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  • Diesels and Electrics in London and the South East by Malcolm Batten

    London is self-explanatory, but where exactly is the South-East? It all depends on the context. In 1986-8 British Rail decided to regroup the railways from a regional basis to a business-based system. The regional basis had dated from the formation of British Railways in 1948 from the former Great Western Railway, LMS, LNER and Southern Railways. The Eastern, North Eastern, Midland, Southern, Western and Scottish regions had largely reflected the boundaries and working practices of the former companies and had had a degree of autonomy in terms of locomotive design, liveries etc. Now with the withdrawal of the differing pre-nationalisation locos and stock and many of the early non-standard diesel designs new approach was called for based on the core business patterns of the railways. Thus came Inter-City for, as the name implies, inter-city traffic, Regional Railways for local services, RailFreight etc.  But one of the new business units was called Network South East. This took in Greater London and the outer commuting area to London up to about sixty miles each way. Fair enough, but this inevitably included most of what remained of the former Southern Region, much of which was electrified on the third rail system. So for operating convenience as much as anything, Network South East took in the whole of the former Southern Region main line area, as far as Weymouth and Exeter – hardly the geographical south-east! At one time the Southern Railway had continued on to Plymouth and into north Cornwall but this had all been axed under the Beeching cuts in the 1960s.

    Network South East was launched at Liverpool Street station on 9 June 1986 when Class 47 No. 47573 was named The London Standard. (Diesels and Electrics in London and the South East, Amberley Publishing)

    Network South East was launched on 9 June 1986 with a number of events – one was the unveiling of a new livery for locomotives and rolling stock at Liverpool Street Station in London. Stations had their seats and lampposts painted red as part of an NSE ‘house style’. A Network Card was introduced giving one third of travel within the area. This however came with restrictions. Thus although NSE stopping trains reached Peterborough you could only get the discount to Huntingdon, the station before Peterborough. This was because Peterborough was also served by Inter-City trains from London. If you wanted to benefit from the discount you would need to alight at Huntingdon and re-book onwards at full fare to Peterborough. Similarly NSE trains reached Exeter, but you could not get NSE discounted fares to there as there were also Inter-City trains from London, albeit by a different route. You could however get NSE discounted fares to Weymouth and Yeovil, for, although these stations were also served by Regional Railways, this was not on a direct competing route from London. Confused?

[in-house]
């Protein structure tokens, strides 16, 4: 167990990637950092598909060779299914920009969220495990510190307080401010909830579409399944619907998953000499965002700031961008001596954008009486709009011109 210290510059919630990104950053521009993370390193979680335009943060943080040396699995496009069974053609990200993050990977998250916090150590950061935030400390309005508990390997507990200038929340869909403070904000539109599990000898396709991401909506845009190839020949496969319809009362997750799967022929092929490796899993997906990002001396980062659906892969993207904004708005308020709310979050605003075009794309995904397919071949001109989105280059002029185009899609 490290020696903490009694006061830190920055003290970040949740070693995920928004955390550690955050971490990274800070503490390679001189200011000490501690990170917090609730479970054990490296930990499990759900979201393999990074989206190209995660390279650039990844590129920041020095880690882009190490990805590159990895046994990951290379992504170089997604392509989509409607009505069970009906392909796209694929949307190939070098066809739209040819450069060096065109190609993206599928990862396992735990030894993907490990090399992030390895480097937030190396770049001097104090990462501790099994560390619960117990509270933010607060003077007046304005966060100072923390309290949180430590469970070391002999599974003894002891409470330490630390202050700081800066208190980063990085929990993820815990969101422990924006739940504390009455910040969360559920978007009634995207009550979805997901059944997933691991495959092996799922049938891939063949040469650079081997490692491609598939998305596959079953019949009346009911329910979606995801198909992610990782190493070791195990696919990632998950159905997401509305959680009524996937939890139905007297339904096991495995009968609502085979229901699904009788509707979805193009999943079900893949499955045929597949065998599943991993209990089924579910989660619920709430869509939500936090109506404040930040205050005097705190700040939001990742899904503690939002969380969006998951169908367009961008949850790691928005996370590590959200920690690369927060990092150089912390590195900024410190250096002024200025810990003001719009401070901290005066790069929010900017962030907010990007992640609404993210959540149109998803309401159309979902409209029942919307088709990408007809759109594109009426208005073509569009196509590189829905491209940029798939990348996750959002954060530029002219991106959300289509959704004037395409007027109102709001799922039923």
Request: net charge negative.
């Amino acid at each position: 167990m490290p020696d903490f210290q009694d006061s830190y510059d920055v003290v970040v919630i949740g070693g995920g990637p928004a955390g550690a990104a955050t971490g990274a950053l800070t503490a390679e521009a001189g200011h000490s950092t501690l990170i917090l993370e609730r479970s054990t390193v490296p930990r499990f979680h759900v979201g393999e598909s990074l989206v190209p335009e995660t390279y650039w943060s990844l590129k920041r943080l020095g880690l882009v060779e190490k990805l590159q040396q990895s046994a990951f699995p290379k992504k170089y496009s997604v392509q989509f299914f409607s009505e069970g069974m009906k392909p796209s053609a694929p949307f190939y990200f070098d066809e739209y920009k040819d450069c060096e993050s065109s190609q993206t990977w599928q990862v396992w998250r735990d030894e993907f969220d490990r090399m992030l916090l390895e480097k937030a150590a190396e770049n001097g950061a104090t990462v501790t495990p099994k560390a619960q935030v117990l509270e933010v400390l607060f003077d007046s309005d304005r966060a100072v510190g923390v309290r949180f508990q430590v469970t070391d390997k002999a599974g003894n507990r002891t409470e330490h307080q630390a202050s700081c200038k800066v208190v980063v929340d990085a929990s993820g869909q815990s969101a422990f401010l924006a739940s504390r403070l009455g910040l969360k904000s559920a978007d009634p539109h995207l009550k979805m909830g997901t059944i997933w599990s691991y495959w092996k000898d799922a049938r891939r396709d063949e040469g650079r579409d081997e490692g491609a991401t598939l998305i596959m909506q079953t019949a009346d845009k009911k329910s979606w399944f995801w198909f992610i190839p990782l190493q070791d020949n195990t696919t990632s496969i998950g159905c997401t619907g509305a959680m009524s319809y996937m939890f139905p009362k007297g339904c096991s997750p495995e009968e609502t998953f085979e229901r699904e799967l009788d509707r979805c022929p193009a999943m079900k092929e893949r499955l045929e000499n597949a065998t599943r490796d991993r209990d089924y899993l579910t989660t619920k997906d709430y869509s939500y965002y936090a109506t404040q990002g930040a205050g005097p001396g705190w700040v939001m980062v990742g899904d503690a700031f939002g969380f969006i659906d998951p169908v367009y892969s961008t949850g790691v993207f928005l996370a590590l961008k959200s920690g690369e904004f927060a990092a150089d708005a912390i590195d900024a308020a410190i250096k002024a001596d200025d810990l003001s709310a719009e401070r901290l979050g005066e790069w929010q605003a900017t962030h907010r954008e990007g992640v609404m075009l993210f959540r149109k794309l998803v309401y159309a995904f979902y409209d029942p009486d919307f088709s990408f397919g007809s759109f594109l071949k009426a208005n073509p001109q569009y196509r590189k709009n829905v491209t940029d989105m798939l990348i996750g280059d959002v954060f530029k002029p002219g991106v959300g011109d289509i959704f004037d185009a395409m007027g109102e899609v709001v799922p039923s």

While some of the Class 68s carry Chiltern Railways livery, others are in Direct Rail Services colours such as No. 68009 Titan at Marylebone on 23 June 2018. (Diesels and Electrics in London and the South East, Amberley Publishing)

    Shortly after the launch a ‘Network Day’ was held later with a Rover ticket giving unlimited travel in the NSE area for a flat fare. This was very well patronised and inevitably many people decided to travel as far as possible which was just short of Exeter. Rail enthusiasts also tried to maximise loco haulage on this route. I recall standing in the carriage end gangway of a very crowded train all the way to Yeovil!

    My book takes a period from 1969 to 2018 so covers the old BR regional era, the sectorisation era including Network South East, and the post privatisation era. However it only covers loco haulage so the majority of NSE operations with diesel and electric multiple units are not included – other authors have produced albums on this subject for Amberley. I have also decided to take a more restricted geographical boundary of some sixty miles each way from London. During the timescale of the book the specific motive power types of the old regions like the Western Region diesel hydraulics and the Southern Region class 33s were replaced by standard class 60s, 66s, 67s and 70s etc on freight traffic. Few diesel or electric locomotives are now used on passenger services, but where they are, privatisation and the changing of franchises has seen a variety of local liveries come and go.

    Malcolm Batten's book Diesels and Electrics in London and the South East is available for purchase now.

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